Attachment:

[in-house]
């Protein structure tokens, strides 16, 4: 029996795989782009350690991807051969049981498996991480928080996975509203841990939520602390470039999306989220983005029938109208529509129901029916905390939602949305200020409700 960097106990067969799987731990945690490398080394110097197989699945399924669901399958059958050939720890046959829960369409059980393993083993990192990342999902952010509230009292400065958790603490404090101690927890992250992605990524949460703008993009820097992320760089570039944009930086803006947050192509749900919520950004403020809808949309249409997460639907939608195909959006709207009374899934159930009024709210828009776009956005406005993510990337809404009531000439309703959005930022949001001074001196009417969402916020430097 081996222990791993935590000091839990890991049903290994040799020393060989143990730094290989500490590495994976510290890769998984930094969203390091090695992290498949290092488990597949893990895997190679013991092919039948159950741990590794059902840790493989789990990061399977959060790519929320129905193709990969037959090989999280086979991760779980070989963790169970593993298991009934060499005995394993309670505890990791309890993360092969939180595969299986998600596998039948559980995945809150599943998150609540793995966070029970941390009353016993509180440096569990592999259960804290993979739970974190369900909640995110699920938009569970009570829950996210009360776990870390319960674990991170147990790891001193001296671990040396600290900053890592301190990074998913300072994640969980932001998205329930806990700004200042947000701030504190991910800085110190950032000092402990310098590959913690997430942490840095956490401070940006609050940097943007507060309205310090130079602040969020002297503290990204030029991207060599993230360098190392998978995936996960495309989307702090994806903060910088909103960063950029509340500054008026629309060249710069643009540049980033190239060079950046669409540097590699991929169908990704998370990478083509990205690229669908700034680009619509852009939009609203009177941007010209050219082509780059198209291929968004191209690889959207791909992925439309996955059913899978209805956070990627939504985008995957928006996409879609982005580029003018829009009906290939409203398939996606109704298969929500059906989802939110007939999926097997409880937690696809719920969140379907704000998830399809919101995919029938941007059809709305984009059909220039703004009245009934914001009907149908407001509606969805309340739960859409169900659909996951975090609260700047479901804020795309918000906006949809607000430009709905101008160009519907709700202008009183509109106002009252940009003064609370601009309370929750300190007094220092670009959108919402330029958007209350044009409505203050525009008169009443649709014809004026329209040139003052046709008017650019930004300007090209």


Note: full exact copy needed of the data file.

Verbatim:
[in-house]
């Protein structure tokens, strides 16, 4: 029996795989782009350690991807051969049981498996991480928080996975509203841990939520602390470039999306989220983005029938109208529509129901029916905390939602949305200020409700 960097106990067969799987731990945690490398080394110097197989699945399924669901399958059958050939720890046959829960369409059980393993083993990192990342999902952010509230009292400065958790603490404090101690927890992250992605990524949460703008993009820097992320760089570039944009930086803006947050192509749900919520950004403020809808949309249409997460639907939608195909959006709207009374899934159930009024709210828009776009956005406005993510990337809404009531000439309703959005930022949001001074001196009417969402916020430097 081996222990791993935590000091839990890991049903290994040799020393060989143990730094290989500490590495994976510290890769998984930094969203390091090695992290498949290092488990597949893990895997190679013991092919039948159950741990590794059902840790493989789990990061399977959060790519929320129905193709990969037959090989999280086979991760779980070989963790169970593993298991009934060499005995394993309670505890990791309890993360092969939180595969299986998600596998039948559980995945809150599943998150609540793995966070029970941390009353016993509180440096569990592999259960804290993979739970974190369900909640995110699920938009569970009570829950996210009360776990870390319960674990991170147990790891001193001296671990040396600290900053890592301190990074998913300072994640969980932001998205329930806990700004200042947000701030504190991910800085110190950032000092402990310098590959913690997430942490840095956490401070940006609050940097943007507060309205310090130079602040969020002297503290990204030029991207060599993230360098190392998978995936996960495309989307702090994806903060910088909103960063950029509340500054008026629309060249710069643009540049980033190239060079950046669409540097590699991929169908990704998370990478083509990205690229669908700034680009619509852009939009609203009177941007010209050219082509780059198209291929968004191209690889959207791909992925439309996955059913899978209805956070990627939504985008995957928006996409879609982005580029003018829009009906290939409203398939996606109704298969929500059906989802939110007939999926097997409880937690696809719920969140379907704000998830399809919101995919029938941007059809709305984009059909220039703004009245009934914001009907149908407001509606969805309340739960859409169900659909996951975090609260700047479901804020795309918000906006949809607000430009709905101008160009519907709700202008009183509109106002009252940009003064609370601009309370929750300190007094220092670009959108919402330029958007209350044009409505203050525009008169009443649709014809004026329209040139003052046709008017650019930004300007090209």